of 16 with absolutely nothing. "He started shoveling driveways during
his first winter and told the owners of the homes that they could pay him
if they wanted. He said he had nothing else to do so he may as well be
doing something useful. With the first bit of money he earned shoveling,
he bought a pair of winter boots because he said it was cold shoveling in
Today, Milad Mansour is a millionaire and is still
"working on a hundred different projects at a time."
biggest challenge in the industry right now is to be able to hire
competent people," Gilles commented. "I look for people who are
enthusiastic, creative, and confident. We need people who are competitive,
because everything in business today is competitive and if you aren't
looking for new and better ways of providing services and products to your
customers you won't survive."
Gilles is a strong proponent of using
"mentoring" to one's advantage. He even commented that young
people today should not be afraid of competition from baby boomers, but
they definitely should try to learn everything they can from these people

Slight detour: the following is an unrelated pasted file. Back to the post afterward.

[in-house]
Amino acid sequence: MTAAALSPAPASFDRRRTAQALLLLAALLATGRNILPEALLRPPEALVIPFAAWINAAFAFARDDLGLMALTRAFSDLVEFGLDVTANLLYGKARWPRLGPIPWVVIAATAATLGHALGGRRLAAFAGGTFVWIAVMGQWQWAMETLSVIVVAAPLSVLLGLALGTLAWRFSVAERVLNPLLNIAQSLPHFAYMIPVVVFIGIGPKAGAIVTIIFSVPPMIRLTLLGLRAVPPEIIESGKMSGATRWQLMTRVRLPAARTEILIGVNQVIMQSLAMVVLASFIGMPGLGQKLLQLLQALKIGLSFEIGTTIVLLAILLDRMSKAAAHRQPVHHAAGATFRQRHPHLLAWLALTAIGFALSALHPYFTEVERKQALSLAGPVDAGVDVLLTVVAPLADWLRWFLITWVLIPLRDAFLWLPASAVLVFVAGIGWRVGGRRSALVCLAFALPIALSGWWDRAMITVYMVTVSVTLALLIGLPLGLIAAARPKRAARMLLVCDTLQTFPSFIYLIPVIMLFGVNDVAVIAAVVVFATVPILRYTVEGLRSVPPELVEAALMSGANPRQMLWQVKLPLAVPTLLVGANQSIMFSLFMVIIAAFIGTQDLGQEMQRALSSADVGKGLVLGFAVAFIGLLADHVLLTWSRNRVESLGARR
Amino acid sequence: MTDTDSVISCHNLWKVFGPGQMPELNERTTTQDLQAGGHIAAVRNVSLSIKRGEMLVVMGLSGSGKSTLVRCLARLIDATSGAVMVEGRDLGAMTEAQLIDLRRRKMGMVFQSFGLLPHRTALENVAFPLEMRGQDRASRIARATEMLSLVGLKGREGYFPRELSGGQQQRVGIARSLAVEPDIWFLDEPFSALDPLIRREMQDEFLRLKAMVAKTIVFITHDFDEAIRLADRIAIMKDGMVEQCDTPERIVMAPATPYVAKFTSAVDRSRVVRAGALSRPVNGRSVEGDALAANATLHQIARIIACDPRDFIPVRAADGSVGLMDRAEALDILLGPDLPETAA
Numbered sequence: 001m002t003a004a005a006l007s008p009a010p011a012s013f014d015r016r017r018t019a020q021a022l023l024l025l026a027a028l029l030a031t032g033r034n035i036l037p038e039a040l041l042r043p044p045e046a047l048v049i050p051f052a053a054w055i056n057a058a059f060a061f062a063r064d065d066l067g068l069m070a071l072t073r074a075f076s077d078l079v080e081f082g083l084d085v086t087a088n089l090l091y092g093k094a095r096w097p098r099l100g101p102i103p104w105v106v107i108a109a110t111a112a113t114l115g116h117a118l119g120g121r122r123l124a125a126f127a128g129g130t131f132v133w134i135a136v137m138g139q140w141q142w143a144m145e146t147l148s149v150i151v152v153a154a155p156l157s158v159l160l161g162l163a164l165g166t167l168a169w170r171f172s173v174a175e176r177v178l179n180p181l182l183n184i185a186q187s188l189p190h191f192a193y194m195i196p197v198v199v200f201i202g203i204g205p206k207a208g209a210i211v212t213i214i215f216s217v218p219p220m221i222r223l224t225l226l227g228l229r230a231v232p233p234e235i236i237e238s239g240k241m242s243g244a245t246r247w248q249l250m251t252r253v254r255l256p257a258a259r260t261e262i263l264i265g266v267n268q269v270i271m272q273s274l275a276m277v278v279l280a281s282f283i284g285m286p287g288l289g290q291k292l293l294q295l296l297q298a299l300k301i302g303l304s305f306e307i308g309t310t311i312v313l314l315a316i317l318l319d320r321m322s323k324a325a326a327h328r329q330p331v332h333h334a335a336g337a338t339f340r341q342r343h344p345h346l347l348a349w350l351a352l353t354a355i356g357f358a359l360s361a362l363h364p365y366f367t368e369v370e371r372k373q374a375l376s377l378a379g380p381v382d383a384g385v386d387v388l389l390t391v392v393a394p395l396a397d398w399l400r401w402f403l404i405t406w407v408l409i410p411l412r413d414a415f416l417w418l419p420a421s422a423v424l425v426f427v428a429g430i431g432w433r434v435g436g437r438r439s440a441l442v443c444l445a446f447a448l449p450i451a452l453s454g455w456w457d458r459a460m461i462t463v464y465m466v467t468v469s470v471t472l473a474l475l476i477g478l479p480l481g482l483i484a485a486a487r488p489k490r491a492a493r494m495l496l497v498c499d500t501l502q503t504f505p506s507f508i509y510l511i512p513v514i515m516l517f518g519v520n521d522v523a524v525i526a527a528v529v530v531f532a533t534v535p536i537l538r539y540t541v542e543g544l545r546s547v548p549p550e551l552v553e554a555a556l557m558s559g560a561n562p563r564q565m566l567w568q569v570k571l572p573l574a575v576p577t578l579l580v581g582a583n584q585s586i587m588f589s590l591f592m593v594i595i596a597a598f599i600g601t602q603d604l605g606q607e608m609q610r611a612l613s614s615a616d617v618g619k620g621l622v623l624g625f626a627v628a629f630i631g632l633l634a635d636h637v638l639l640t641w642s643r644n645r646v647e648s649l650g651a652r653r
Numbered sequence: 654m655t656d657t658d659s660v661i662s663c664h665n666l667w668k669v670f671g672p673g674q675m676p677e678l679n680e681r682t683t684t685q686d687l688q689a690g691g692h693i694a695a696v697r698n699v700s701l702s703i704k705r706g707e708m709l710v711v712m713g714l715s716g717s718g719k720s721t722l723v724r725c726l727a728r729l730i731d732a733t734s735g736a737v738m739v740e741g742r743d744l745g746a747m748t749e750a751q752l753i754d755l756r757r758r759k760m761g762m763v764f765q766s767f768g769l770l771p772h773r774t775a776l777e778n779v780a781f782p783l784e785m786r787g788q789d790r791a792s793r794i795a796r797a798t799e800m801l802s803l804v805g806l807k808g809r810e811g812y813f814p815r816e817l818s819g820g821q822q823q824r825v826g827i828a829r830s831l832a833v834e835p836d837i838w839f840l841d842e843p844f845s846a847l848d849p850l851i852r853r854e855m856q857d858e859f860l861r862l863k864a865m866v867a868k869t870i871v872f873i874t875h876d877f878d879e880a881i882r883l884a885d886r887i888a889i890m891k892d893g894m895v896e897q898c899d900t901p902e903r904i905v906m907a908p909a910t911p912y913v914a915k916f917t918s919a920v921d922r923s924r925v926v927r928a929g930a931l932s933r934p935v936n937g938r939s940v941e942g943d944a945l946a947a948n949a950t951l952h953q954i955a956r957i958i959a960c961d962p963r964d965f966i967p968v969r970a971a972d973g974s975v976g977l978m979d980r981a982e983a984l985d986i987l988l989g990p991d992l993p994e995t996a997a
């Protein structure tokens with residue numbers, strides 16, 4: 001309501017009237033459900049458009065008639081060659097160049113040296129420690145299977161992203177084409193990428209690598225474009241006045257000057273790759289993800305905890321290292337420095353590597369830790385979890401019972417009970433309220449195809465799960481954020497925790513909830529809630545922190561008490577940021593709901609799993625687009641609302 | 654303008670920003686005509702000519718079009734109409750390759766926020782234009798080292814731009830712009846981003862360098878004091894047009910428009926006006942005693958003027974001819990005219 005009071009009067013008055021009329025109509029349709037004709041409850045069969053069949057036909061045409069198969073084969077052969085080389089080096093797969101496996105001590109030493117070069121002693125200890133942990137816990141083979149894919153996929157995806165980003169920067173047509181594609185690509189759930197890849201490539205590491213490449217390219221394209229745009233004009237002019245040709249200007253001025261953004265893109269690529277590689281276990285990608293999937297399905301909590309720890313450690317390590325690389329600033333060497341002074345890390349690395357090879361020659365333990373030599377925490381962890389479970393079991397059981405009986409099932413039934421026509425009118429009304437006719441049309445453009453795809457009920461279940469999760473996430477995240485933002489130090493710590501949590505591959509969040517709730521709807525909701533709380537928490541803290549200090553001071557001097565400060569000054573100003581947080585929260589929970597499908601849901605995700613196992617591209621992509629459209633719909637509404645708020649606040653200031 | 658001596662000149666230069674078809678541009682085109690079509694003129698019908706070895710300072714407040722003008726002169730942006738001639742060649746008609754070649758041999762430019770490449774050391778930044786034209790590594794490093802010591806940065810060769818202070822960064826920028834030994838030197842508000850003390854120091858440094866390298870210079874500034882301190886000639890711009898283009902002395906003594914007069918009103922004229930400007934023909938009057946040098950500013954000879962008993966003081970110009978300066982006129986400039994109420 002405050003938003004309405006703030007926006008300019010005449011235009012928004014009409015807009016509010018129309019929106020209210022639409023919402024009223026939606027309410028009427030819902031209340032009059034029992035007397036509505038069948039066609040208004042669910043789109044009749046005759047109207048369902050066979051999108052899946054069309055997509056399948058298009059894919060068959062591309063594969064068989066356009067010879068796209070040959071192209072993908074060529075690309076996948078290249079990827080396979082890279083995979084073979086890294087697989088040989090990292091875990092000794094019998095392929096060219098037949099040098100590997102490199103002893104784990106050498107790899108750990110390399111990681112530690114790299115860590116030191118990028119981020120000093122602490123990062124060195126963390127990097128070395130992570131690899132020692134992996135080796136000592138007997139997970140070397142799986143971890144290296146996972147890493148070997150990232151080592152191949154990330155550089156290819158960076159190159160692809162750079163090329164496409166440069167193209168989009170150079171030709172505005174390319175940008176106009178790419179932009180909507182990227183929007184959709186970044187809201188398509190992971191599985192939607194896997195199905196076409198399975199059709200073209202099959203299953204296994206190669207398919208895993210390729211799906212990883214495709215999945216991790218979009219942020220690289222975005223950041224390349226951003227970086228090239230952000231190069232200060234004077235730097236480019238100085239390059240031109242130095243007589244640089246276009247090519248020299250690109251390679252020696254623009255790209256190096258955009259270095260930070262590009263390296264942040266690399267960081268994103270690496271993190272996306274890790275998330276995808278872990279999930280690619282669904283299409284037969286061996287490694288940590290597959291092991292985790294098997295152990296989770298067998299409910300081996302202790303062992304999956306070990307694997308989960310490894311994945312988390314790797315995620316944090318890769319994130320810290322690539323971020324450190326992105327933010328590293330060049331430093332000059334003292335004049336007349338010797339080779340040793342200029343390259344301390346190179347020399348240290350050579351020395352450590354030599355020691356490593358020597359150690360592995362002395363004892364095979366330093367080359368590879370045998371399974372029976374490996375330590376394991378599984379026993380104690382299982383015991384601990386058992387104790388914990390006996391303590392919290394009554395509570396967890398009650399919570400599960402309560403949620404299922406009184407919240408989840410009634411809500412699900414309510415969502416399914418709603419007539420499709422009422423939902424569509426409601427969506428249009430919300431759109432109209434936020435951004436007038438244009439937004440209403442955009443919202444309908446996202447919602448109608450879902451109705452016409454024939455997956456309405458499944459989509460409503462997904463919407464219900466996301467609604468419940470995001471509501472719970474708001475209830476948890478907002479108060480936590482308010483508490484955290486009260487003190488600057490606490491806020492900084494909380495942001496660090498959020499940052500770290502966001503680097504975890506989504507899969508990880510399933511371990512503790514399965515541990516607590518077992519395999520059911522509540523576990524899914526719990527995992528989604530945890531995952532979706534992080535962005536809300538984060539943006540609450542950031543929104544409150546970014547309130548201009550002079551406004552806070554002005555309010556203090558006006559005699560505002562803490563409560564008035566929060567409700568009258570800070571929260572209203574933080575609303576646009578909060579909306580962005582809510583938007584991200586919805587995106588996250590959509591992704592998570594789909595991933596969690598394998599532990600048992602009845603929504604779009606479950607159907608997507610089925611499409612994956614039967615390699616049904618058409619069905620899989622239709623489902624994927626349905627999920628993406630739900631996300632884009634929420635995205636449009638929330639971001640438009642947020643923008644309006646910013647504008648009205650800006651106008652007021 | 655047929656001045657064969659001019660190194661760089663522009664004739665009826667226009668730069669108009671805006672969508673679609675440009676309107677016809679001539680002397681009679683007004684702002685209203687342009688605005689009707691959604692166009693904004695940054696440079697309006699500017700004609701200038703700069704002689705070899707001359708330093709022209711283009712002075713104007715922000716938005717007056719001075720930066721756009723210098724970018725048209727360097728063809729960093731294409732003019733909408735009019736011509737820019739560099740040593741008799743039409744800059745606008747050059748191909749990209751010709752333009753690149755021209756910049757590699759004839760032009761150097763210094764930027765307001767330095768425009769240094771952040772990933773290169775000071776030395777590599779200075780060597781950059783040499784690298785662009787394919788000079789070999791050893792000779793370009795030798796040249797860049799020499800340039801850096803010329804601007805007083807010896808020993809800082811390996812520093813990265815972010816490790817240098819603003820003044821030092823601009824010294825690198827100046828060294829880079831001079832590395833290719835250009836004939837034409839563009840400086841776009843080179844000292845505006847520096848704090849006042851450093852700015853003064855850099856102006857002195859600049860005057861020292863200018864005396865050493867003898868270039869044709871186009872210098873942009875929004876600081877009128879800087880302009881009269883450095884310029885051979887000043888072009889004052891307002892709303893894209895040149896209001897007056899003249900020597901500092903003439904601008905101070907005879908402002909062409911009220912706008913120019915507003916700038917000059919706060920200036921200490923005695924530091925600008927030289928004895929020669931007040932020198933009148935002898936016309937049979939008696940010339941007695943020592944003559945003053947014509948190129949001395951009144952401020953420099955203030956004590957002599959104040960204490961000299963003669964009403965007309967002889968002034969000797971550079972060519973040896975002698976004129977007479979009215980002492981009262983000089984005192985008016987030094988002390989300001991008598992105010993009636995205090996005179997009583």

while they are still on the job.
He feels that young students should
decide what it is that they love to do and then pursue a career in that
field. "If you are good at what you do, and you do it with a lot of
enthusiasm and energy, you are going to make a lot of money. It will just
happen naturally. That is the secret to success. You must first of all
decide what it is you are good at and that you like. Then go forward from
there and learn from people who are successful in that field. Find a
"mentor" who will teach you what you need to know to be
He also encourages students to utilize employment
agencies as much as possible when looking for work. "I seldom put job
wanted ads in newspapers. The last thing I want to do is go through
hundreds of resumes. I usually just call up a company like Levert